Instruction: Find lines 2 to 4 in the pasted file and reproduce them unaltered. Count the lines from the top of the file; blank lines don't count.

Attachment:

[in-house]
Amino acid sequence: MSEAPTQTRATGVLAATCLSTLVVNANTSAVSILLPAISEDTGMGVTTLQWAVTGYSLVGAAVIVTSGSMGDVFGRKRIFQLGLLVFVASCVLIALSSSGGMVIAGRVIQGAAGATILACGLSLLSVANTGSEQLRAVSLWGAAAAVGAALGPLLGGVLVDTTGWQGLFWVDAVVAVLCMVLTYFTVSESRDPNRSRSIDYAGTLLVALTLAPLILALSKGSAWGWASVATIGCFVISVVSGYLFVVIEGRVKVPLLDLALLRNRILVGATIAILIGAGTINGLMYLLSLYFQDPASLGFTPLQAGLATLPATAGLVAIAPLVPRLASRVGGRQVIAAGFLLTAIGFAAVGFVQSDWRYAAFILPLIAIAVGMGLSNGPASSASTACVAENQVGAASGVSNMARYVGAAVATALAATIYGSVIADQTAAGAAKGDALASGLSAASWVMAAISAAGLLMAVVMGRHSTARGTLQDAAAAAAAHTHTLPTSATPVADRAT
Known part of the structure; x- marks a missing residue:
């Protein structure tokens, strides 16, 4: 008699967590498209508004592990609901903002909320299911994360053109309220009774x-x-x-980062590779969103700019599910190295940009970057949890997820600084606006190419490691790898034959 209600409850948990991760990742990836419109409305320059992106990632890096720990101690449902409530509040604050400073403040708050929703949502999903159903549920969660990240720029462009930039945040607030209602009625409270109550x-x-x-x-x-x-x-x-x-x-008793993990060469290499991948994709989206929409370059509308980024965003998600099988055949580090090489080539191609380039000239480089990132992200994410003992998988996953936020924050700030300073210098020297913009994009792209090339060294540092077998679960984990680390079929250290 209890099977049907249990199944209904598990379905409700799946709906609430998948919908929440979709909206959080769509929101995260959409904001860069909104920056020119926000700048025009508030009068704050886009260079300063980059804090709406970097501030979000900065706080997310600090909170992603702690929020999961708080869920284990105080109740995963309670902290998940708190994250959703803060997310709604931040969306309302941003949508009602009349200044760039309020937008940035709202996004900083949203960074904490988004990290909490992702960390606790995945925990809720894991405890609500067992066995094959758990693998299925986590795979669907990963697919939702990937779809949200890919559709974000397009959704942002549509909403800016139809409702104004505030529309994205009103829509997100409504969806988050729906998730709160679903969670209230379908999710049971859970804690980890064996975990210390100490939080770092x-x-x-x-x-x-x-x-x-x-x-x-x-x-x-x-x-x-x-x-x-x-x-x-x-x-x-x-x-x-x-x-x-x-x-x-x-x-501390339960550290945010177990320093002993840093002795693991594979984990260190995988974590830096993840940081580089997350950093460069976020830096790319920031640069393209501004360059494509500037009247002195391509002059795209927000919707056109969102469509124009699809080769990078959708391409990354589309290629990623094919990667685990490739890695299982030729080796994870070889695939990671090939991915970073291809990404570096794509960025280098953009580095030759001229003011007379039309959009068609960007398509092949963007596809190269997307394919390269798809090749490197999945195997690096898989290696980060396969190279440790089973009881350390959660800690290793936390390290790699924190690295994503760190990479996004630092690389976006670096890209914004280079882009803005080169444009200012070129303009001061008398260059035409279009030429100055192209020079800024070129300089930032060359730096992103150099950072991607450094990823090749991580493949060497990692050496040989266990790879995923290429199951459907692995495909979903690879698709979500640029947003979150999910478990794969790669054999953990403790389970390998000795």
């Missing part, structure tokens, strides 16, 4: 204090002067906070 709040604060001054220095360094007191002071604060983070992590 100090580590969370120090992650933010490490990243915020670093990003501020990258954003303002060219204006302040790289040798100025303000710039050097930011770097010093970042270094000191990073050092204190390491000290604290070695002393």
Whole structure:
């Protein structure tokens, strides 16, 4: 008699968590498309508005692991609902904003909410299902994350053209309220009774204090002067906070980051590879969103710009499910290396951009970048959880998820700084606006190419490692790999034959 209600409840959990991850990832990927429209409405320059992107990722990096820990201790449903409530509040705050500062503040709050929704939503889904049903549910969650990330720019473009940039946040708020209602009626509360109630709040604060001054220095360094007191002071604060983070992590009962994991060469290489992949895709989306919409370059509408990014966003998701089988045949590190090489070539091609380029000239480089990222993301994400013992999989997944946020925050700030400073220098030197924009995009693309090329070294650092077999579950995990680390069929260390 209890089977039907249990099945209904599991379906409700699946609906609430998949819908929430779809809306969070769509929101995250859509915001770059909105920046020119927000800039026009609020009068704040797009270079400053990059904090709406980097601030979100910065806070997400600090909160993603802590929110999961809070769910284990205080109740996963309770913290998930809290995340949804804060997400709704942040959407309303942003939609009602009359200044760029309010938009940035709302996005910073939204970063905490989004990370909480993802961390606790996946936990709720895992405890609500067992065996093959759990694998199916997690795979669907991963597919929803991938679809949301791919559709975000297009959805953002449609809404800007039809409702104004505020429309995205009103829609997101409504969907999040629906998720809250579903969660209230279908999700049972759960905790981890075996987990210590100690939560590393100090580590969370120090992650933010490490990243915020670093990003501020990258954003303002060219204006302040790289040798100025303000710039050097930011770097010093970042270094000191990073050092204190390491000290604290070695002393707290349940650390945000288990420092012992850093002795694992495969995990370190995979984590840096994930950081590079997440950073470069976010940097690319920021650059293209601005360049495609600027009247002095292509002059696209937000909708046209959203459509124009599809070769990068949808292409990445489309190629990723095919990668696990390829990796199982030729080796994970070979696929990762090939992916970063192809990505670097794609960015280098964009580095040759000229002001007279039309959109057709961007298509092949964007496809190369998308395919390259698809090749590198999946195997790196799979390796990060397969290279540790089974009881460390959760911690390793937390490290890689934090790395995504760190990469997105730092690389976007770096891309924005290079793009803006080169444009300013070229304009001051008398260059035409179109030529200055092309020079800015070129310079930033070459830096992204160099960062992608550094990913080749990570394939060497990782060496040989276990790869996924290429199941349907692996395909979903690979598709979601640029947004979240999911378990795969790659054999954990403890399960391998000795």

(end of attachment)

Amino acid sequence: MSEAPTQTRATGVLAATCLSTLVVNANTSAVSILLPAISEDTGMGVTTLQWAVTGYSLVGAAVIVTSGSMGDVFGRKRIFQLGLLVFVASCVLIALSSSGGMVIAGRVIQGAAGATILACGLSLLSVANTGSEQLRAVSLWGAAAAVGAALGPLLGGVLVDTTGWQGLFWVDAVVAVLCMVLTYFTVSESRDPNRSRSIDYAGTLLVALTLAPLILALSKGSAWGWASVATIGCFVISVVSGYLFVVIEGRVKVPLLDLALLRNRILVGATIAILIGAGTINGLMYLLSLYFQDPASLGFTPLQAGLATLPATAGLVAIAPLVPRLASRVGGRQVIAAGFLLTAIGFAAVGFVQSDWRYAAFILPLIAIAVGMGLSNGPASSASTACVAENQVGAASGVSNMARYVGAAVATALAATIYGSVIADQTAAGAAKGDALASGLSAASWVMAAISAAGLLMAVVMGRHSTARGTLQDAAAAAAAHTHTLPTSATPVADRAT
Known part of the structure; x- marks a missing residue:
């Protein structure tokens, strides 16, 4: 008699967590498209508004592990609901903002909320299911994360053109309220009774x-x-x-980062590779969103700019599910190295940009970057949890997820600084606006190419490691790898034959 209600409850948990991760990742990836419109409305320059992106990632890096720990101690449902409530509040604050400073403040708050929703949502999903159903549920969660990240720029462009930039945040607030209602009625409270109550x-x-x-x-x-x-x-x-x-x-008793993990060469290499991948994709989206929409370059509308980024965003998600099988055949580090090489080539191609380039000239480089990132992200994410003992998988996953936020924050700030300073210098020297913009994009792209090339060294540092077998679960984990680390079929250290 209890099977049907249990199944209904598990379905409700799946709906609430998948919908929440979709909206959080769509929101995260959409904001860069909104920056020119926000700048025009508030009068704050886009260079300063980059804090709406970097501030979000900065706080997310600090909170992603702690929020999961708080869920284990105080109740995963309670902290998940708190994250959703803060997310709604931040969306309302941003949508009602009349200044760039309020937008940035709202996004900083949203960074904490988004990290909490992702960390606790995945925990809720894991405890609500067992066995094959758990693998299925986590795979669907990963697919939702990937779809949200890919559709974000397009959704942002549509909403800016139809409702104004505030529309994205009103829509997100409504969806988050729906998730709160679903969670209230379908999710049971859970804690980890064996975990210390100490939080770092x-x-x-x-x-x-x-x-x-x-x-x-x-x-x-x-x-x-x-x-x-x-x-x-x-x-x-x-x-x-x-x-x-x-x-x-x-x-501390339960550290945010177990320093002993840093002795693991594979984990260190995988974590830096993840940081580089997350950093460069976020830096790319920031640069393209501004360059494509500037009247002195391509002059795209927000919707056109969102469509124009699809080769990078959708391409990354589309290629990623094919990667685990490739890695299982030729080796994870070889695939990671090939991915970073291809990404570096794509960025280098953009580095030759001229003011007379039309959009068609960007398509092949963007596809190269997307394919390269798809090749490197999945195997690096898989290696980060396969190279440790089973009881350390959660800690290793936390390290790699924190690295994503760190990479996004630092690389976006670096890209914004280079882009803005080169444009200012070129303009001061008398260059035409279009030429100055192209020079800024070129300089930032060359730096992103150099950072991607450094990823090749991580493949060497990692050496040989266990790879995923290429199951459907692995495909979903690879698709979500640029947003979150999910478990794969790669054999953990403790389970390998000795």